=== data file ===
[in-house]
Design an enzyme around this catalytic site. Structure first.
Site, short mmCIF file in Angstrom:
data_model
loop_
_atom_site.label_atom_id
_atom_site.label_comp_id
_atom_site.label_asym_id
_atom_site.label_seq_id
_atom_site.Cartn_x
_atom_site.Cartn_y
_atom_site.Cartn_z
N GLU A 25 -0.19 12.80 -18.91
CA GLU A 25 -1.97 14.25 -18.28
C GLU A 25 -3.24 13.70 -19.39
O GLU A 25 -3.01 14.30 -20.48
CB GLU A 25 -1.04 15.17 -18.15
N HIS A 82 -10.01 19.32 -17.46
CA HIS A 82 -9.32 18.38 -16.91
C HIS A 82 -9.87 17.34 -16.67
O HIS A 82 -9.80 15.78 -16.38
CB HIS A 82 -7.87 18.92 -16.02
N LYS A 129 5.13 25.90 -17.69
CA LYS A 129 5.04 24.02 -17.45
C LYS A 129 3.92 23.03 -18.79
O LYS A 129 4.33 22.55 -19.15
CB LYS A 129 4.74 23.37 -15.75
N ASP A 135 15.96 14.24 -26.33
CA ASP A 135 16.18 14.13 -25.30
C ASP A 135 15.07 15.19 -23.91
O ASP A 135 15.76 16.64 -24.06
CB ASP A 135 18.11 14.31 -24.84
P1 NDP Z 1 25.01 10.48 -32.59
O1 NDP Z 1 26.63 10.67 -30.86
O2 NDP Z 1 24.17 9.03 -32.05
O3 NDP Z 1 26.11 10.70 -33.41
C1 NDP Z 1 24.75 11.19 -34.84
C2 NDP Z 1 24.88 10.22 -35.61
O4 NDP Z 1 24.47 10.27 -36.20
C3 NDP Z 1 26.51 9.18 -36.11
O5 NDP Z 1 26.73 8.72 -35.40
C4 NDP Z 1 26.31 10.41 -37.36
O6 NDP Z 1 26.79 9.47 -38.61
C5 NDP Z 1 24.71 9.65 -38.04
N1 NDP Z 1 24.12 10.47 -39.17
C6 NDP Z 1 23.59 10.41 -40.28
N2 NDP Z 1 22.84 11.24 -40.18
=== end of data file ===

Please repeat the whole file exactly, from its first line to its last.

[in-house]
Design an enzyme around this catalytic site. Structure first.
Site, short mmCIF file in Angstrom:
data_model
loop_
_atom_site.label_atom_id
_atom_site.label_comp_id
_atom_site.label_asym_id
_atom_site.label_seq_id
_atom_site.Cartn_x
_atom_site.Cartn_y
_atom_site.Cartn_z
N GLU A 25 -0.19 12.80 -18.91
CA GLU A 25 -1.97 14.25 -18.28
C GLU A 25 -3.24 13.70 -19.39
O GLU A 25 -3.01 14.30 -20.48
CB GLU A 25 -1.04 15.17 -18.15
N HIS A 82 -10.01 19.32 -17.46
CA HIS A 82 -9.32 18.38 -16.91
C HIS A 82 -9.87 17.34 -16.67
O HIS A 82 -9.80 15.78 -16.38
CB HIS A 82 -7.87 18.92 -16.02
N LYS A 129 5.13 25.90 -17.69
CA LYS A 129 5.04 24.02 -17.45
C LYS A 129 3.92 23.03 -18.79
O LYS A 129 4.33 22.55 -19.15
CB LYS A 129 4.74 23.37 -15.75
N ASP A 135 15.96 14.24 -26.33
CA ASP A 135 16.18 14.13 -25.30
C ASP A 135 15.07 15.19 -23.91
O ASP A 135 15.76 16.64 -24.06
CB ASP A 135 18.11 14.31 -24.84
P1 NDP Z 1 25.01 10.48 -32.59
O1 NDP Z 1 26.63 10.67 -30.86
O2 NDP Z 1 24.17 9.03 -32.05
O3 NDP Z 1 26.11 10.70 -33.41
C1 NDP Z 1 24.75 11.19 -34.84
C2 NDP Z 1 24.88 10.22 -35.61
O4 NDP Z 1 24.47 10.27 -36.20
C3 NDP Z 1 26.51 9.18 -36.11
O5 NDP Z 1 26.73 8.72 -35.40
C4 NDP Z 1 26.31 10.41 -37.36
O6 NDP Z 1 26.79 9.47 -38.61
C5 NDP Z 1 24.71 9.65 -38.04
N1 NDP Z 1 24.12 10.47 -39.17
C6 NDP Z 1 23.59 10.41 -40.28
N2 NDP Z 1 22.84 11.24 -40.18